To understand today's fast-paced consumer market, one cannot turn a blind eye towards terms like e-retail, e-commerce and online shopping. It emanates from a soaring number of consumers who conduct a significant portion of their day-to-day transactions online (such as buying groceries, paying house bills, and shopping articles of personal and business use, to name a few). It is projected that the number of annual online shoppers is going to shoot up from approximately 200 million online shoppers currently to 425 million by 2027 which is a more than 200% spike in less than 5 years.

Evidently, the prevention of deceptive practices in the current digital world has become paramount for all governments across the globe. In continuation of the Indian Government's endeavour to protect the interest of consumers in the current overwhelming digital era, the Central Consumer Protection Authority (CCPA) has issued another set of comprehensive guidelines known as the "Guidelines for Prevention and Regulation of Dark Patterns 2023" ("Guidelines"). Notably, with this India joins the likes of the US, EU and UK which have already passed binding legislation(s) to curb dark patterns.

What Are Dark Patterns? Why is consumer protection required from "Dark Patterns"?

The term 'Dark Patterns' has been defined under the Guidelines as "any practices or deceptive design patterns using UI/UX (user interface/user experience) interactions on any platform; designed to mislead or trick users to do something they originally did not intend or want to do; by subverting or impairing the consumer autonomy, decision making or choice; amounting to misleading advertisement or unfair trade practice or violation of consumer rights".

Dark patterns is a term coined to describe manipulative tactics used in user interface (UI) and user experience (UX) design, which may affect the decision-making process and even cognitive thinking of a consumer while effecting purchases online.

The Legal Framework

The Guidelines are rooted in the Consumer Protection Act, 2019, and provide a framework for identifying, preventing, and regulating dark patterns. The aim of the Guidelines is to protect consumers from deceptive practices while holding platforms, advertisers, and sellers accountable.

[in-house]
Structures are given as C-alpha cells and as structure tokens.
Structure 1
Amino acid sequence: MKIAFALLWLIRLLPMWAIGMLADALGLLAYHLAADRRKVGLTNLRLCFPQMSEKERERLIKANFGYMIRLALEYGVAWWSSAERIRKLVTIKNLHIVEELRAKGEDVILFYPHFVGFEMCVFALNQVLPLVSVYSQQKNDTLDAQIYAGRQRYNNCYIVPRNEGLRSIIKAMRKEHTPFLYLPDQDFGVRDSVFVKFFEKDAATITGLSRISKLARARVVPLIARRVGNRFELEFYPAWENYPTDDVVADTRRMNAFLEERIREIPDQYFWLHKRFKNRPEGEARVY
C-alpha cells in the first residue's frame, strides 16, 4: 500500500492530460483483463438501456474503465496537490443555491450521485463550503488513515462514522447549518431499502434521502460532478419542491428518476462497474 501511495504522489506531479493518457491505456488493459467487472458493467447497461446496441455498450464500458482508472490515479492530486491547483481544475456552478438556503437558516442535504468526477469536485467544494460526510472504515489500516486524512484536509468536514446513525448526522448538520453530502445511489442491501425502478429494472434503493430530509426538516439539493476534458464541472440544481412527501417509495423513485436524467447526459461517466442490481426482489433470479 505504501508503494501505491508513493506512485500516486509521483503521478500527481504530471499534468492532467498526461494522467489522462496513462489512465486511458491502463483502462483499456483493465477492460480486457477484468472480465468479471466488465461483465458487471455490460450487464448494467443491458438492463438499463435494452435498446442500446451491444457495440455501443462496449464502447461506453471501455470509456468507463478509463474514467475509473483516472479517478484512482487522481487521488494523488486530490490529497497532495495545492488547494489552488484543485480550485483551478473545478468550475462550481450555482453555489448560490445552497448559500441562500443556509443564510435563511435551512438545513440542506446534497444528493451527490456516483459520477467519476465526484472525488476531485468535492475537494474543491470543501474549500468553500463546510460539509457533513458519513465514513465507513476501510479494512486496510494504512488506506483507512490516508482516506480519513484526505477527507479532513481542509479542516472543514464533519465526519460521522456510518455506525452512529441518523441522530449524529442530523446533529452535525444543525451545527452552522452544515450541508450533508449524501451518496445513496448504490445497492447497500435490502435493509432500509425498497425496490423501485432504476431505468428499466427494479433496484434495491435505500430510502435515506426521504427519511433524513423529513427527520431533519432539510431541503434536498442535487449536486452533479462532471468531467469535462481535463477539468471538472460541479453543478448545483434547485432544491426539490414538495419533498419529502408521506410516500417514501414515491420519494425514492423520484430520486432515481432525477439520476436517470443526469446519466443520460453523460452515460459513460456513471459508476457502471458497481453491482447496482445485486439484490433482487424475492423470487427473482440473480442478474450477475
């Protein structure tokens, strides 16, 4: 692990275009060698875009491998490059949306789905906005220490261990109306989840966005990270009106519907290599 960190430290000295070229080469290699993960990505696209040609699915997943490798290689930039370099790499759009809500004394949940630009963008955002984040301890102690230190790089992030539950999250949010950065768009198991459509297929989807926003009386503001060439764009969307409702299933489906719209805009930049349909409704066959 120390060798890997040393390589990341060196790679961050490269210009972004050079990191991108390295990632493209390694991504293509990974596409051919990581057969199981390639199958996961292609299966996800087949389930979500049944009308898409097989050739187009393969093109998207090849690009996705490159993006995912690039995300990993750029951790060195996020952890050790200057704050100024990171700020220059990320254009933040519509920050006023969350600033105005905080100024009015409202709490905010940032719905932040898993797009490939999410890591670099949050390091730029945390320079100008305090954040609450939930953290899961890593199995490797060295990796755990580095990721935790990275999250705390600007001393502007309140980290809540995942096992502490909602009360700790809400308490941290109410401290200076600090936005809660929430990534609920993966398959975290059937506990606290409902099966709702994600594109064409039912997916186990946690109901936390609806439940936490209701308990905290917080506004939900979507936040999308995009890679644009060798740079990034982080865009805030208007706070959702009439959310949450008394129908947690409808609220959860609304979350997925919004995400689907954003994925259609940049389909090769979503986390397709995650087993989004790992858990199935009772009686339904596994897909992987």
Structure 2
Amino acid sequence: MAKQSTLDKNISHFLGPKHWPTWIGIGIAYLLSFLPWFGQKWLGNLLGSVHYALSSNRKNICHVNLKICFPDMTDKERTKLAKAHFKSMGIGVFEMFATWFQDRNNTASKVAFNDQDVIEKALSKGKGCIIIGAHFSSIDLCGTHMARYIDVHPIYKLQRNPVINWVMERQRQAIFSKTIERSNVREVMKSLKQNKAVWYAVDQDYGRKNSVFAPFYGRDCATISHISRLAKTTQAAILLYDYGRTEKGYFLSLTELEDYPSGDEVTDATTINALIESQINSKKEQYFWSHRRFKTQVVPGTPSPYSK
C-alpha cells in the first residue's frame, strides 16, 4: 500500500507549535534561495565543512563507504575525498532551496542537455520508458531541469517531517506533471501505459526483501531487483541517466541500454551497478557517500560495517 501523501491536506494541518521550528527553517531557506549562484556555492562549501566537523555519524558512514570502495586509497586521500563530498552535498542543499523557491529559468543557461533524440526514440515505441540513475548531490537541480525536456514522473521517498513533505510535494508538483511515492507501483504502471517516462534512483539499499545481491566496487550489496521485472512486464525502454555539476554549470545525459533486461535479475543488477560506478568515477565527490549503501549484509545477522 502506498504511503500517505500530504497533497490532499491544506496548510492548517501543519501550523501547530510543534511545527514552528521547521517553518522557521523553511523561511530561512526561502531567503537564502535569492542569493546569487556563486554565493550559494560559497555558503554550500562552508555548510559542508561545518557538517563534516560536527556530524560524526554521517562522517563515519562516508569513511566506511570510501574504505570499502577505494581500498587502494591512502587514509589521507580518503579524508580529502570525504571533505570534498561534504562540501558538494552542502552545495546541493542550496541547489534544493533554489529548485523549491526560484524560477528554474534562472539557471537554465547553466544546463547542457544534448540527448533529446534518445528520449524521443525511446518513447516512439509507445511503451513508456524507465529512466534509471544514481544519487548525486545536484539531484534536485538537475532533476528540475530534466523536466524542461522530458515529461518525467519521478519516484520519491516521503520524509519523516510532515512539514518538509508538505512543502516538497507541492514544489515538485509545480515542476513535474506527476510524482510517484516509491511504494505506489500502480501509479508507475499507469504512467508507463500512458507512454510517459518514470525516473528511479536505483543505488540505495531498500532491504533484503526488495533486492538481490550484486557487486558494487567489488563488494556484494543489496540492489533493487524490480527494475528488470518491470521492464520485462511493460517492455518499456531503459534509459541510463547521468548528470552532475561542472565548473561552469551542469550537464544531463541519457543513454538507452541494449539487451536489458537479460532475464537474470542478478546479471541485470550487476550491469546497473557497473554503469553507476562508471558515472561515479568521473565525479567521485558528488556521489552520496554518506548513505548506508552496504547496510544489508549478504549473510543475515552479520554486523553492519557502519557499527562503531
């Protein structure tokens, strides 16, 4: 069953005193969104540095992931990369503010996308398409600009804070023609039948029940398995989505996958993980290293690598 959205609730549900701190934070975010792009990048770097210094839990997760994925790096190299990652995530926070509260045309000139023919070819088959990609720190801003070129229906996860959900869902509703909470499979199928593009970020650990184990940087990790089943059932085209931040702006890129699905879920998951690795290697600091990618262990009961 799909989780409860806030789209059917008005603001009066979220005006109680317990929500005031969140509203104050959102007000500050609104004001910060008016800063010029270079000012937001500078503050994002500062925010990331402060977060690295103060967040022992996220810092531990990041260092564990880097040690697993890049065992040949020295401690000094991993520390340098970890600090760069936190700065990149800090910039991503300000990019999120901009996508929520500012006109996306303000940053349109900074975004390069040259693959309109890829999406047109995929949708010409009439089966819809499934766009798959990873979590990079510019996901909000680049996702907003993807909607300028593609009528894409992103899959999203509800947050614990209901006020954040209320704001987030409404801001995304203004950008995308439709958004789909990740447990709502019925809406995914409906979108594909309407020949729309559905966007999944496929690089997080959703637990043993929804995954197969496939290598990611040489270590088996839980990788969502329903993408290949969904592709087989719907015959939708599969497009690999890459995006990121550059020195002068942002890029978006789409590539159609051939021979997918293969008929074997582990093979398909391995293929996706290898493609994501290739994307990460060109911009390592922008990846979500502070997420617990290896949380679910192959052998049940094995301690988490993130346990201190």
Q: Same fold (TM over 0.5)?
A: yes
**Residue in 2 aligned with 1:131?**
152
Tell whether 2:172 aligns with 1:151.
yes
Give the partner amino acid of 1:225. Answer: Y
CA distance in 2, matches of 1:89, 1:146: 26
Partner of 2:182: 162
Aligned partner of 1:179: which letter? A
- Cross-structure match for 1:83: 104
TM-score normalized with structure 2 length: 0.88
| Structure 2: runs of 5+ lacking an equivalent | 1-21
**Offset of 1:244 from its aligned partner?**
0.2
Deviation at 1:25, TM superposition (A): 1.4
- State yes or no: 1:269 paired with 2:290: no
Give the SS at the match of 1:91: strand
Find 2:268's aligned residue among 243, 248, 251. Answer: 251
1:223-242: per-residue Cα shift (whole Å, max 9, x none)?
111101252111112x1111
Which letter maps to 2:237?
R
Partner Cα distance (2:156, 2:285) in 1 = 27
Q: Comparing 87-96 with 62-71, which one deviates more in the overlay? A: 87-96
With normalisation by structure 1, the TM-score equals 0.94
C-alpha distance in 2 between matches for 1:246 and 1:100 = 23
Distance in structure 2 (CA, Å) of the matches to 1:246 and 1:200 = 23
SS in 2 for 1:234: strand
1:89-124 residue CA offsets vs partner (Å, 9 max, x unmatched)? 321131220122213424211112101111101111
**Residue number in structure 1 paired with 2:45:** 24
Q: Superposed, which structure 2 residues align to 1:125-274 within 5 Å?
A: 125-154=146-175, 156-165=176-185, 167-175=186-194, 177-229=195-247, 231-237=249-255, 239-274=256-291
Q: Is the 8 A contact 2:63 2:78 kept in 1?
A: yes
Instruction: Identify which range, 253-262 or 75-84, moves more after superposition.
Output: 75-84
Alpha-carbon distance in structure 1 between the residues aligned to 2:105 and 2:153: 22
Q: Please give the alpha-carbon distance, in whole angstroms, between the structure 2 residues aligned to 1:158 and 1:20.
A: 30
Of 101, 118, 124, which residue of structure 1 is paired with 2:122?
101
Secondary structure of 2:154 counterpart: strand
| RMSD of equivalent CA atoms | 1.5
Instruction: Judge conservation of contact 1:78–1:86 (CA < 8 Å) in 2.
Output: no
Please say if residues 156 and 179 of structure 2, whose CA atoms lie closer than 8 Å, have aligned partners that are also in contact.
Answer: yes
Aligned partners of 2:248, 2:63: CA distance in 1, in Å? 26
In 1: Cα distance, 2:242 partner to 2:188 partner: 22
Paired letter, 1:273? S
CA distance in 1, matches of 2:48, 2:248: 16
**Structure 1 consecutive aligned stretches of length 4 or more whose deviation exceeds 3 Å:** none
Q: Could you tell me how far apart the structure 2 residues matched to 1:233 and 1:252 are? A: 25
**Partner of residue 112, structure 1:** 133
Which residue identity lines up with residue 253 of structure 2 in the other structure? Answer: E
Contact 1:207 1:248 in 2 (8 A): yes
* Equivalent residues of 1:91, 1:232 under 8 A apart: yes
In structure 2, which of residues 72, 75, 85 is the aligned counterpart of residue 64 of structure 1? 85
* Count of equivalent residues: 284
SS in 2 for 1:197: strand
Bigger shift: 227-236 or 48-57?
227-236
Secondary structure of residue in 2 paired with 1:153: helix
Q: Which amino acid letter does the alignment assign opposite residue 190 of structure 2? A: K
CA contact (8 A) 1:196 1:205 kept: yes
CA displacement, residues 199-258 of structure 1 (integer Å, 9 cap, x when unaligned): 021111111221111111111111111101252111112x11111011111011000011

Key Definitions in the Guidelines

Before diving into the specifics of the guidelines, it's essential to understand key definitions:

  1. Advertiser: "Advertiser" shall have the same meaning as defined under the Guidelines for Prevention of Misleading Advertisements and Endorsements for Misleading Advertisements, 20221;
  2. Commercial Gains: "Commercial gains" mean monetary gain or financial advantage of any kind;
  3. Platform: "Platform" under these guidelines shall have the same meaning as defined under Consumer Protection (E-Commerce) Rules, 20202;
  4. User: "User" shall mean any person who accesses or avails any computer resource of a platform.


The guidelines apply to the following entities:

  1. All Platforms: Offering goods or services in India.
  2. Advertisers: Those promoting products or services.
  3. Sellers: Those involved in e-commerce.

Prohibitions Against Dark Patterns

One of the key aspects of the Guidelines is the prohibition against engaging in dark patterns. No entity, including platforms, can use deceptive design elements to mislead or coerce users into taking actions against their will.

Specified Dark Patterns

The guidelines provide specific examples of dark patterns in Annexure 1, which serves as a reference for stakeholders. Let's explore these dark patterns and their implications, along with real-world examples:

  1. False Urgency

False Urgency involves creating a sense of urgency or scarcity to push users into immediate actions, often resulting in a purchase. Example:

  • Example: E-commerce websites often display messages like "Hurry! Only 2 items left" to create a false sense of urgency and encourage quick purchases.
  1. Basket Sneaking

Basket Sneaking includes adding additional items or charges at the time of checkout without the user's consent, increasing the total payable amount.

  • Example: Some online retailers automatically add insurance or extended warranties to a shopping cart without the user's explicit consent, increasing the final cost.
  1. Confirm Shaming